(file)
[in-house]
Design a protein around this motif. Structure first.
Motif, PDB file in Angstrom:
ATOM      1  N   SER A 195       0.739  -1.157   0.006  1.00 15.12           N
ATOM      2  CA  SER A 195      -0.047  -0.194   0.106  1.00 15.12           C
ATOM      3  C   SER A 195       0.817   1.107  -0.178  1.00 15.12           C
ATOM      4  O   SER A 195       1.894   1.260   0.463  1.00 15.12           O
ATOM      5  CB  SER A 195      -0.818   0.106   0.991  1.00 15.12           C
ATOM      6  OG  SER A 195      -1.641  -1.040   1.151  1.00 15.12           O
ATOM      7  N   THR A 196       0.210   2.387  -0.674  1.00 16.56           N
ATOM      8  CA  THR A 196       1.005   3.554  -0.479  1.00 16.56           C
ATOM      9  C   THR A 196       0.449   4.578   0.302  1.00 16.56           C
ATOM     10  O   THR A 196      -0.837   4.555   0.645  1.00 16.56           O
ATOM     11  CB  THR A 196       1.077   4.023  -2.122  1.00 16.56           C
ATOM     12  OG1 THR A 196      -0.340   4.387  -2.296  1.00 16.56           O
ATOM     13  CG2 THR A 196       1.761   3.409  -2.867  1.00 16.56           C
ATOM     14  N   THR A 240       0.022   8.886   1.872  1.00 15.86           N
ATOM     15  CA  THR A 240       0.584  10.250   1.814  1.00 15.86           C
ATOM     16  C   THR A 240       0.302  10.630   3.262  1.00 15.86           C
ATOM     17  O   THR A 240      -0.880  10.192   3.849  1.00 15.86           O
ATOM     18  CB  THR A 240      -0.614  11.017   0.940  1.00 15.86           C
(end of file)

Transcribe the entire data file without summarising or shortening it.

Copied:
[in-house]
Design a protein around this motif. Structure first.
Motif, PDB file in Angstrom:
ATOM      1  N   SER A 195       0.739  -1.157   0.006  1.00 15.12           N
ATOM      2  CA  SER A 195      -0.047  -0.194   0.106  1.00 15.12           C
ATOM      3  C   SER A 195       0.817   1.107  -0.178  1.00 15.12           C
ATOM      4  O   SER A 195       1.894   1.260   0.463  1.00 15.12           O
ATOM      5  CB  SER A 195      -0.818   0.106   0.991  1.00 15.12           C
ATOM      6  OG  SER A 195      -1.641  -1.040   1.151  1.00 15.12           O
ATOM      7  N   THR A 196       0.210   2.387  -0.674  1.00 16.56           N
ATOM      8  CA  THR A 196       1.005   3.554  -0.479  1.00 16.56           C
ATOM      9  C   THR A 196       0.449   4.578   0.302  1.00 16.56           C
ATOM     10  O   THR A 196      -0.837   4.555   0.645  1.00 16.56           O
ATOM     11  CB  THR A 196       1.077   4.023  -2.122  1.00 16.56           C
ATOM     12  OG1 THR A 196      -0.340   4.387  -2.296  1.00 16.56           O
ATOM     13  CG2 THR A 196       1.761   3.409  -2.867  1.00 16.56           C
ATOM     14  N   THR A 240       0.022   8.886   1.872  1.00 15.86           N
ATOM     15  CA  THR A 240       0.584  10.250   1.814  1.00 15.86           C
ATOM     16  C   THR A 240       0.302  10.630   3.262  1.00 15.86           C
ATOM     17  O   THR A 240      -0.880  10.192   3.849  1.00 15.86           O
ATOM     18  CB  THR A 240      -0.614  11.017   0.940  1.00 15.86           C